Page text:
Heritable true fitness and bright birds: a role for parasites?

@article{Hamilton1982HeritableTF,
  title={Heritable true fitness and bright birds: a role for parasites?},
  author={William D. Hamilton and Marlene Zuk},
  journal={Science},
  year={1982},
  volume={218 4570},
  pages={
          384-7
        }
}
Combination of seven surveys of blood parasites in North American passerines reveals weak, highly significant association over species between incidence of chronic blood infections (five genera of protozoa and one nematode) and striking display (three characters: male "brightness," female "brightness," and male song). This result conforms to a model of sexual selection in which (i) coadaptational cycles of host and parasites generate consistently positive offspring-on-parent regression of… 

Effects of predation, parasites, and phylogeny on the evolution of bright coloration in north american male passerines

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Passerine Polygyny: A Role for Parasites?

  • A. Read
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It is shown for European and North American passerine birds that the proportion of individuals infected with blood parasites is significantly lower in polygynous species than it is in monogamous species, suggesting that parasitic infection should be considered as a factor influencing passerine mating systems whichever way the causal arrow goes.

Sexual selection and the geography of Plasmodium infection in Savannah sparrows (Passerculus sandwichensis)

According to Hamilton and Zuk's hypothesis of parasite-mediated sexual selection, host-parasite coevolution maintains variation in male genetic quality and allows for strong intersexual selection in

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It is suggested that only a small fraction of host-parasite associations could promote the evolution of host mate choice for resistance based on brightness, and this work shows that because of parasite aggregation on a few hosts, only few breeding males would suffer from reductions in brightness.

Variation in susceptibility to parasite infection: patterns, determinants and consequences in red-fronted lemurs

Analysis of patterns and proximate determinants of gastro-intestinal parasite susceptibility in a wild population of red-fronted lemurs in Kirindy Forest, western Madagascar indicates an immune-enhancing effect of androgen and glucocorticoid levels, leading to a decrease in parasite species richness and nematode infection intensity.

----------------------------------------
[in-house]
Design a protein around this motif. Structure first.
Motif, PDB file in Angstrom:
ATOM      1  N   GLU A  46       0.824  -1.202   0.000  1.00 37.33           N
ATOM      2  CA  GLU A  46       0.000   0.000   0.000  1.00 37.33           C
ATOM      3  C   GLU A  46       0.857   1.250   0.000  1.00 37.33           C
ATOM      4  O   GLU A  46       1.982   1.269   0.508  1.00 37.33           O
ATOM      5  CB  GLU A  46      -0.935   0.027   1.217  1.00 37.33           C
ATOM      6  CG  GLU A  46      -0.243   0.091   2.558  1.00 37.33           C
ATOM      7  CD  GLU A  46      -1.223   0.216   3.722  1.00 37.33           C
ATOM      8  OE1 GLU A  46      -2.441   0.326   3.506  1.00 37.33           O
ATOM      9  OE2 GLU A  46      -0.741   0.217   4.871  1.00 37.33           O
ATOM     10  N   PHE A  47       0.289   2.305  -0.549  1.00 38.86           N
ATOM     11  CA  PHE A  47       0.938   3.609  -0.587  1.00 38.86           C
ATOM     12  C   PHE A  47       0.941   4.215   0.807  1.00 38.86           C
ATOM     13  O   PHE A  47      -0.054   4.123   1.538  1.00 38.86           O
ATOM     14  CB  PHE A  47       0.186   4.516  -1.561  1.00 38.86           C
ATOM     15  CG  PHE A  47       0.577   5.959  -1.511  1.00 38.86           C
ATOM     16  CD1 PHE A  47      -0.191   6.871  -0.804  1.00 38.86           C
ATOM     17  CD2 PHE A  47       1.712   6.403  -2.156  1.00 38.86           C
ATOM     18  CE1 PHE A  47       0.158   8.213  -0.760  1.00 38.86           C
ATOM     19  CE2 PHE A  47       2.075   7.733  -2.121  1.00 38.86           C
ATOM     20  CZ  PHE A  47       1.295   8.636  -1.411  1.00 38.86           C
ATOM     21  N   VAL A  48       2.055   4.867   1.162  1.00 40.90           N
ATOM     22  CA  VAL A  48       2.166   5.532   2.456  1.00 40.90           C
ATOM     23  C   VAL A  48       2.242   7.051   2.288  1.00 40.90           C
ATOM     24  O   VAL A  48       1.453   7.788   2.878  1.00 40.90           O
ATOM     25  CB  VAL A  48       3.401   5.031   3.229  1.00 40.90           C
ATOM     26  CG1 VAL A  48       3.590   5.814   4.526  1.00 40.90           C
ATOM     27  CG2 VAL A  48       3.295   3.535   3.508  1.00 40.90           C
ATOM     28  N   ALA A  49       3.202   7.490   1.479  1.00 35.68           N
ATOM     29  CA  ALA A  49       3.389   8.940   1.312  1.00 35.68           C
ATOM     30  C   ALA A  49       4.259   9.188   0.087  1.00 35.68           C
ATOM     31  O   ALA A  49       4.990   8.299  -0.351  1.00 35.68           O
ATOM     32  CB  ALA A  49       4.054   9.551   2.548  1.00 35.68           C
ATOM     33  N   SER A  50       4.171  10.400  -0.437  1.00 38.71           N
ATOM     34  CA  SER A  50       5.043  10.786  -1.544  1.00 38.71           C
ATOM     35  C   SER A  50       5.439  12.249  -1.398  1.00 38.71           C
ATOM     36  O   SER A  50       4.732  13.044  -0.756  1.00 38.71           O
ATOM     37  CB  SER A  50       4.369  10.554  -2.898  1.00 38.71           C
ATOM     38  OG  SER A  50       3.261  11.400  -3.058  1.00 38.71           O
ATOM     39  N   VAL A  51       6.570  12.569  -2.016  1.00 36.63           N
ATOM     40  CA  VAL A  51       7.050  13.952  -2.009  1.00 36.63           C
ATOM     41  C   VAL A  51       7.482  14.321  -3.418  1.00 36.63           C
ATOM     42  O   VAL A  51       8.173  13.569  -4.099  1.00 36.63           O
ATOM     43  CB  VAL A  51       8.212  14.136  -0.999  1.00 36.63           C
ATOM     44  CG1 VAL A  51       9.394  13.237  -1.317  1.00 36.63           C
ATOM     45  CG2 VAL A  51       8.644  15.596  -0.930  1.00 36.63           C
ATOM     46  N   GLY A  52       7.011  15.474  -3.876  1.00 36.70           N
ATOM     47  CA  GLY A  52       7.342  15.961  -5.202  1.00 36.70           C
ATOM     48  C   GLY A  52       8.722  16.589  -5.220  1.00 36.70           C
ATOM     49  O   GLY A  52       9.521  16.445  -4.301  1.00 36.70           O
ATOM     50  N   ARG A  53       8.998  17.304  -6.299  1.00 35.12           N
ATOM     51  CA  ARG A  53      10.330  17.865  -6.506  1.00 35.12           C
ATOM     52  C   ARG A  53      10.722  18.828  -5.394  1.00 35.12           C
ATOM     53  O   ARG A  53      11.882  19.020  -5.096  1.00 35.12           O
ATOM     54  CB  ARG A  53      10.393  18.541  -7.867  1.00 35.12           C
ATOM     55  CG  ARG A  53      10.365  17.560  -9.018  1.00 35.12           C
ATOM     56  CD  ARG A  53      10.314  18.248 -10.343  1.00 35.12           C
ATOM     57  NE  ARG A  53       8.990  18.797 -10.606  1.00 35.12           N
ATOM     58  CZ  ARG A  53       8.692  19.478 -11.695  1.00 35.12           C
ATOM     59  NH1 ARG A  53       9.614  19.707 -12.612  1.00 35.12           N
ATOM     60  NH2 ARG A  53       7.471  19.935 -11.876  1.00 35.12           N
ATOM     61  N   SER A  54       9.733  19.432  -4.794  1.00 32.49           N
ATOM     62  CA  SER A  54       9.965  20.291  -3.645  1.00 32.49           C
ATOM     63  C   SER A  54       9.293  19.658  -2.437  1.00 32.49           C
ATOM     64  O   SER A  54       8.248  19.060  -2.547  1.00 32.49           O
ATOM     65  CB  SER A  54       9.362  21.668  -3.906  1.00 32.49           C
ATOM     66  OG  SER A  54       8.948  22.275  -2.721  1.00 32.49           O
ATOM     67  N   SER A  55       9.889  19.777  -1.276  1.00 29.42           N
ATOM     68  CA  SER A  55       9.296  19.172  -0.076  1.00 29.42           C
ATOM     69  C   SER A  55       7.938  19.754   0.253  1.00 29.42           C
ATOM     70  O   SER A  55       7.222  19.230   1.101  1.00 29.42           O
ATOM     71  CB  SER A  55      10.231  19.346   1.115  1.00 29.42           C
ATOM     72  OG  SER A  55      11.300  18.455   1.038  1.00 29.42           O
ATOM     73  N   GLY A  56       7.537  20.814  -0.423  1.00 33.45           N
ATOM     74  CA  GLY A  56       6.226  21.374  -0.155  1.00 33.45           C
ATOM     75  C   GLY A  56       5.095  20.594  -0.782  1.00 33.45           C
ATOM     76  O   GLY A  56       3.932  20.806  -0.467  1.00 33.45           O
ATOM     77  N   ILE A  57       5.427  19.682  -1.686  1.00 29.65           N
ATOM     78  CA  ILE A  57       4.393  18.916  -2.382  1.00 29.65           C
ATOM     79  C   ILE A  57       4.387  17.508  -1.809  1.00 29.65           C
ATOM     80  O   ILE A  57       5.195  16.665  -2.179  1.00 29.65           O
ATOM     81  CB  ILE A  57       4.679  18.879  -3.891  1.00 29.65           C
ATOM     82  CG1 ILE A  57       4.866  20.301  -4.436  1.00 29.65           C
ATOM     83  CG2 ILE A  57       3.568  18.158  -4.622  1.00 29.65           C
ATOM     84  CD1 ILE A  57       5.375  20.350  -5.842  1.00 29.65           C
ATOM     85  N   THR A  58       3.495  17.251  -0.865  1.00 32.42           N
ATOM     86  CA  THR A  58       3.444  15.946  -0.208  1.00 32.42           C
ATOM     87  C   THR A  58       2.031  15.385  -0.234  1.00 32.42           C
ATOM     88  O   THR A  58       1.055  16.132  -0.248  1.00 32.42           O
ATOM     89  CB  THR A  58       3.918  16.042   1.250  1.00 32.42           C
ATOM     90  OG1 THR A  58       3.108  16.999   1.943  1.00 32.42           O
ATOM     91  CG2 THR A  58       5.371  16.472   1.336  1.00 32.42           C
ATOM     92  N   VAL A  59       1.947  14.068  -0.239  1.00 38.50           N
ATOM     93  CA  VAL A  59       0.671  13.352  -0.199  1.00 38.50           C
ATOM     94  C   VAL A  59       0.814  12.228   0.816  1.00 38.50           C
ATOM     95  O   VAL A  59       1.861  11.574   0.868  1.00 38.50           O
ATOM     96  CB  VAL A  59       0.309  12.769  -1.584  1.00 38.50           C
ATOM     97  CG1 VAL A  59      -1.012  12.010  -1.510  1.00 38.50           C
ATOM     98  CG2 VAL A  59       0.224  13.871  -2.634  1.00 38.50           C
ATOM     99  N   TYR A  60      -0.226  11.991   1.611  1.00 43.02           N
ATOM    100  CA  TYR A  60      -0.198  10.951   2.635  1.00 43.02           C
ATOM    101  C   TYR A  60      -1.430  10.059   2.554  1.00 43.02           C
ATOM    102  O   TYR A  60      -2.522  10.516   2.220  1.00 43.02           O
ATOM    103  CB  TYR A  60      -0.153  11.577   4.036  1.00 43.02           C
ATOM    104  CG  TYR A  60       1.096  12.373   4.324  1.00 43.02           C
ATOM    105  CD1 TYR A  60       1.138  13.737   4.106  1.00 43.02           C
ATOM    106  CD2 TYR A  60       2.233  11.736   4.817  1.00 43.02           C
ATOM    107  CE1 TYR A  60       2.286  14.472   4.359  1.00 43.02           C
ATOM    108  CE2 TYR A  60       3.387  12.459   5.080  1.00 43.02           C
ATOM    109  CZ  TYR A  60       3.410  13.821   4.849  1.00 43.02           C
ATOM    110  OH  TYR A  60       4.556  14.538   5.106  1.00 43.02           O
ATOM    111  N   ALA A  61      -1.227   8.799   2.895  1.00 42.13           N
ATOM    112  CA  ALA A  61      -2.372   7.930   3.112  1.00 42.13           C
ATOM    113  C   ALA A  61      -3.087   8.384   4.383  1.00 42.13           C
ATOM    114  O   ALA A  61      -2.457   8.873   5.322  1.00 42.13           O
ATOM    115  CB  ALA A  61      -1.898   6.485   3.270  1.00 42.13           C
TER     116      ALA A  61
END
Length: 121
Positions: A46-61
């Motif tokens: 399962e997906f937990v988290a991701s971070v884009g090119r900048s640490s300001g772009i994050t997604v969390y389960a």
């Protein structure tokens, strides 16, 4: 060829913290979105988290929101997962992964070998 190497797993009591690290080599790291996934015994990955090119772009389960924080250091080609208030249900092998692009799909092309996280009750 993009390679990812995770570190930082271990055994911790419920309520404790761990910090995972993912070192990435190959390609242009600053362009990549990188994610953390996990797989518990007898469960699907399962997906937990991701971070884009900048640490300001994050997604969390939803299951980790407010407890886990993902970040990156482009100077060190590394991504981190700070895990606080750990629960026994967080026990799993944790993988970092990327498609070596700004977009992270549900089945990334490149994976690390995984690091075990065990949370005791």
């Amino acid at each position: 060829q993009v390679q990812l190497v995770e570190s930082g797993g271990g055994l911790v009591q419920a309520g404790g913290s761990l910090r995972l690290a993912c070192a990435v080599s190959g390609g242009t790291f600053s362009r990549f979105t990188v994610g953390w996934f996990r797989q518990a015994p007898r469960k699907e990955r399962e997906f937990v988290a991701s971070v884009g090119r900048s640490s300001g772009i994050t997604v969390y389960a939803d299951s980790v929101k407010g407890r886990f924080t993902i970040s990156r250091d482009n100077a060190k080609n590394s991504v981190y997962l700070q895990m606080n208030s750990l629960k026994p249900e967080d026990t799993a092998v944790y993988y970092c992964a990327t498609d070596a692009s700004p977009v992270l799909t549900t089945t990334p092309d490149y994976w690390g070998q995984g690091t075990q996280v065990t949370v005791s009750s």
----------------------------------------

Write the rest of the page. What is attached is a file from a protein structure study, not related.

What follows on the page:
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Hamilton and Zuk (1982) have expanded the genetic side of this hypothesis: for species in which parasitism and disease have substantial deleterious effects, females should select mates according to their perception of a male's genetic resistance to currently prevalent pathogens, as indicated by his general appearance and vigor.

Do blood parasites affect reproductive performance in male red bishops (Euplectes orix)? A test of the Hamilton-Zuk hypothesis

The data indicate that high stress levels as assessed by the heterophile/lymphocyte ratio might increase parasite susceptibility, but results do not support predictions derived from the Hamilton-Zuk hypothesis of parasite-mediated sexual selection.

Parasites and Sexual Selection: A Macroevolutionary Perspective

The Hamilton-Zuk hypothesis postulates a causal link between parasitism and the evolution of epigamic traits by intersexual selection, which is supported at the microevolutionary level if females show significant preference for lightly or uninfected males, and if intensity of infection reflects host resistance to parasites that depress host fitness by causing disease.

Parasite loads in parthenogenetic and sexual lizards (Heteronotia binoei) : support for the Red Queen hypothesis

It is reported that parthenogenetic individuals of the Heteronotia binoei species complex are much more prone to infection by mites than are their sexual relatives, which accords with a central prediction of the Red Queen hypothesis.
...

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